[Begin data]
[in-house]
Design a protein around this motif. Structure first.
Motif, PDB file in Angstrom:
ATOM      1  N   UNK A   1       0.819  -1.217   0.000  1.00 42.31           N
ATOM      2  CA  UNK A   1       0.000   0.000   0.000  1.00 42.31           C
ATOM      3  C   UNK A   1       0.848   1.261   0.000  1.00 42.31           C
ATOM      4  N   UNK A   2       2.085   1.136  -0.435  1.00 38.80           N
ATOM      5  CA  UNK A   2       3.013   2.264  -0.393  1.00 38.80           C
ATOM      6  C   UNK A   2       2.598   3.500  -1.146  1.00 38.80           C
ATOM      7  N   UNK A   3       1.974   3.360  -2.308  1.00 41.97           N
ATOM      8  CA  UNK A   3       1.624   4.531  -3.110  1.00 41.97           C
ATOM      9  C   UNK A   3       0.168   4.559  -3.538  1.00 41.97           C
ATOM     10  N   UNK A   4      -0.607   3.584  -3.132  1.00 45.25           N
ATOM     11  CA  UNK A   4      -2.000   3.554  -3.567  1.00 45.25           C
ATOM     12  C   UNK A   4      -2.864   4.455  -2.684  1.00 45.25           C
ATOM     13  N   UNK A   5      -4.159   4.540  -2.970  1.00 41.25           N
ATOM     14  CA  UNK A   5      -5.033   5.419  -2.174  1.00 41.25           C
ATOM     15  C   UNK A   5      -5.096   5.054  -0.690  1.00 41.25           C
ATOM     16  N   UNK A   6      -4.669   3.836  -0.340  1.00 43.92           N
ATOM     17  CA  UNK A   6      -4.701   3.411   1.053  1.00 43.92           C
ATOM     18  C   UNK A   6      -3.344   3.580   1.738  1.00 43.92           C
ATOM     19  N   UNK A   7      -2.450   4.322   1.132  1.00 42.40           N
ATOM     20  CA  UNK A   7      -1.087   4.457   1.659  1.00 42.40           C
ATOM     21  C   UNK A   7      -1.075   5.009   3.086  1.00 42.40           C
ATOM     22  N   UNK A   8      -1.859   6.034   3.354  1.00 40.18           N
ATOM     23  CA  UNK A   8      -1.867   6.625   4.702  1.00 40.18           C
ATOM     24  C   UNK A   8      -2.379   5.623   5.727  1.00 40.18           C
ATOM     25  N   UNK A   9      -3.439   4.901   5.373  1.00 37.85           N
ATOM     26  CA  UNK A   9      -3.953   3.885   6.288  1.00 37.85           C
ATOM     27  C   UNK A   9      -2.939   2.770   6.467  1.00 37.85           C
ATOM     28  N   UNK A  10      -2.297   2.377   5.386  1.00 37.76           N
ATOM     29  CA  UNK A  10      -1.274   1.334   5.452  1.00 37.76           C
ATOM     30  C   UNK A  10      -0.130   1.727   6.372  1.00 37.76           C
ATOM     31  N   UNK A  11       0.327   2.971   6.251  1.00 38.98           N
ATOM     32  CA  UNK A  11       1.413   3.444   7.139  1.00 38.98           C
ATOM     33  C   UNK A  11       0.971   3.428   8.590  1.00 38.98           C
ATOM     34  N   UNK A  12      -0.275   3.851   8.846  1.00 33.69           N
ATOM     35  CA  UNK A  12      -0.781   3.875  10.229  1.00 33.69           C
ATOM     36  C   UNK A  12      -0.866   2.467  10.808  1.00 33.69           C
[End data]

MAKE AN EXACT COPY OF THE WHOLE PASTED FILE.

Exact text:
[in-house]
Design a protein around this motif. Structure first.
Motif, PDB file in Angstrom:
ATOM      1  N   UNK A   1       0.819  -1.217   0.000  1.00 42.31           N
ATOM      2  CA  UNK A   1       0.000   0.000   0.000  1.00 42.31           C
ATOM      3  C   UNK A   1       0.848   1.261   0.000  1.00 42.31           C
ATOM      4  N   UNK A   2       2.085   1.136  -0.435  1.00 38.80           N
ATOM      5  CA  UNK A   2       3.013   2.264  -0.393  1.00 38.80           C
ATOM      6  C   UNK A   2       2.598   3.500  -1.146  1.00 38.80           C
ATOM      7  N   UNK A   3       1.974   3.360  -2.308  1.00 41.97           N
ATOM      8  CA  UNK A   3       1.624   4.531  -3.110  1.00 41.97           C
ATOM      9  C   UNK A   3       0.168   4.559  -3.538  1.00 41.97           C
ATOM     10  N   UNK A   4      -0.607   3.584  -3.132  1.00 45.25           N
ATOM     11  CA  UNK A   4      -2.000   3.554  -3.567  1.00 45.25           C
ATOM     12  C   UNK A   4      -2.864   4.455  -2.684  1.00 45.25           C
ATOM     13  N   UNK A   5      -4.159   4.540  -2.970  1.00 41.25           N
ATOM     14  CA  UNK A   5      -5.033   5.419  -2.174  1.00 41.25           C
ATOM     15  C   UNK A   5      -5.096   5.054  -0.690  1.00 41.25           C
ATOM     16  N   UNK A   6      -4.669   3.836  -0.340  1.00 43.92           N
ATOM     17  CA  UNK A   6      -4.701   3.411   1.053  1.00 43.92           C
ATOM     18  C   UNK A   6      -3.344   3.580   1.738  1.00 43.92           C
ATOM     19  N   UNK A   7      -2.450   4.322   1.132  1.00 42.40           N
ATOM     20  CA  UNK A   7      -1.087   4.457   1.659  1.00 42.40           C
ATOM     21  C   UNK A   7      -1.075   5.009   3.086  1.00 42.40           C
ATOM     22  N   UNK A   8      -1.859   6.034   3.354  1.00 40.18           N
ATOM     23  CA  UNK A   8      -1.867   6.625   4.702  1.00 40.18           C
ATOM     24  C   UNK A   8      -2.379   5.623   5.727  1.00 40.18           C
ATOM     25  N   UNK A   9      -3.439   4.901   5.373  1.00 37.85           N
ATOM     26  CA  UNK A   9      -3.953   3.885   6.288  1.00 37.85           C
ATOM     27  C   UNK A   9      -2.939   2.770   6.467  1.00 37.85           C
ATOM     28  N   UNK A  10      -2.297   2.377   5.386  1.00 37.76           N
ATOM     29  CA  UNK A  10      -1.274   1.334   5.452  1.00 37.76           C
ATOM     30  C   UNK A  10      -0.130   1.727   6.372  1.00 37.76           C
ATOM     31  N   UNK A  11       0.327   2.971   6.251  1.00 38.98           N
ATOM     32  CA  UNK A  11       1.413   3.444   7.139  1.00 38.98           C
ATOM     33  C   UNK A  11       0.971   3.428   8.590  1.00 38.98           C
ATOM     34  N   UNK A  12      -0.275   3.851   8.846  1.00 33.69           N
ATOM     35  CA  UNK A  12      -0.781   3.875  10.229  1.00 33.69           C
ATOM     36  C   UNK A  12      -0.866   2.467  10.808  1.00 33.69           C